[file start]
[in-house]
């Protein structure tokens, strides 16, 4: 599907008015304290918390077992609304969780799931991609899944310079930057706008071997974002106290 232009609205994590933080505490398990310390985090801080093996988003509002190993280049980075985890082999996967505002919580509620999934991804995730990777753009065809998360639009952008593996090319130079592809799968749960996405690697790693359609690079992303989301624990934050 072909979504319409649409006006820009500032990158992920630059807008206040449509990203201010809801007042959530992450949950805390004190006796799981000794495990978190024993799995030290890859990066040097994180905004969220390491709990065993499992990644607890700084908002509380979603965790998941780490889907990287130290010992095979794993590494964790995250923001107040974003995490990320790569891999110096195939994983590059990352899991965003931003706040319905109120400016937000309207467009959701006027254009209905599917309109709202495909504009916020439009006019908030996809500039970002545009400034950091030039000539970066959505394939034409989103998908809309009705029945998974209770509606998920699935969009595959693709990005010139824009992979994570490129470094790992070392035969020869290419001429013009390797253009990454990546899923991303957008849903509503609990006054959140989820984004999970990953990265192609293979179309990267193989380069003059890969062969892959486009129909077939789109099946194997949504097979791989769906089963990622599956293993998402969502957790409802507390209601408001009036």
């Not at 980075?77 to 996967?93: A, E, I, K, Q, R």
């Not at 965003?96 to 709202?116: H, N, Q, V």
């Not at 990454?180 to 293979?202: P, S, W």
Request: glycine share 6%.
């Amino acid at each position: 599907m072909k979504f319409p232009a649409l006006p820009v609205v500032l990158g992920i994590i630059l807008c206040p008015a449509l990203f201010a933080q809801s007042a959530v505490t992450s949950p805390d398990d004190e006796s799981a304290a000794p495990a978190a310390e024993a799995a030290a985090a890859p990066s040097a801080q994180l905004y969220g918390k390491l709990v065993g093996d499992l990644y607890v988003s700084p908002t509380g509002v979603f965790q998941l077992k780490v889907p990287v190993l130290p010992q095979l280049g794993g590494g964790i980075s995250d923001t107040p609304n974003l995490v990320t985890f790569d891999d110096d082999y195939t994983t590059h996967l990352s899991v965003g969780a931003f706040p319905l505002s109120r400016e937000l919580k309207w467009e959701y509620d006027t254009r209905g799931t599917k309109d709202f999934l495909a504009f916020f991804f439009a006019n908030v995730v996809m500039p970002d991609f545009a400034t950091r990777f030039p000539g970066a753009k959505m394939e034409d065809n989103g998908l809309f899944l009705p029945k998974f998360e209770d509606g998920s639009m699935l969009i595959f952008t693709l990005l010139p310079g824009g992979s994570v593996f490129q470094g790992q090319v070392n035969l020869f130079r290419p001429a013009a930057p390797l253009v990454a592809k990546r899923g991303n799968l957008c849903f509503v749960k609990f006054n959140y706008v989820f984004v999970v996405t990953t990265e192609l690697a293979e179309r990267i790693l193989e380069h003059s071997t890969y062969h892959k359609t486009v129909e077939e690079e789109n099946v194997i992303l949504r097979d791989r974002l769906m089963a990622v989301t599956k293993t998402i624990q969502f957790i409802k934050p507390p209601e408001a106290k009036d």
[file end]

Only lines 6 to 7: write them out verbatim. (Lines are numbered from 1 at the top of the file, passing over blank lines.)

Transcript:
Request: glycine share 6%.
């Amino acid at each position: 599907m072909k979504f319409p232009a649409l006006p820009v609205v500032l990158g992920i994590i630059l807008c206040p008015a449509l990203f201010a933080q809801s007042a959530v505490t992450s949950p805390d398990d004190e006796s799981a304290a000794p495990a978190a310390e024993a799995a030290a985090a890859p990066s040097a801080q994180l905004y969220g918390k390491l709990v065993g093996d499992l990644y607890v988003s700084p908002t509380g509002v979603f965790q998941l077992k780490v889907p990287v190993l130290p010992q095979l280049g794993g590494g964790i980075s995250d923001t107040p609304n974003l995490v990320t985890f790569d891999d110096d082999y195939t994983t590059h996967l990352s899991v965003g969780a931003f706040p319905l505002s109120r400016e937000l919580k309207w467009e959701y509620d006027t254009r209905g799931t599917k309109d709202f999934l495909a504009f916020f991804f439009a006019n908030v995730v996809m500039p970002d991609f545009a400034t950091r990777f030039p000539g970066a753009k959505m394939e034409d065809n989103g998908l809309f899944l009705p029945k998974f998360e209770d509606g998920s639009m699935l969009i595959f952008t693709l990005l010139p310079g824009g992979s994570v593996f490129q470094g790992q090319v070392n035969l020869f130079r290419p001429a013009a930057p390797l253009v990454a592809k990546r899923g991303n799968l957008c849903f509503v749960k609990f006054n959140y706008v989820f984004v999970v996405t990953t990265e192609l690697a293979e179309r990267i790693l193989e380069h003059s071997t890969y062969h892959k359609t486009v129909e077939e690079e789109n099946v194997i992303l949504r097979d791989r974002l769906m089963a990622v989301t599956k293993t998402i624990q969502f957790i409802k934050p507390p209601e408001a106290k009036d």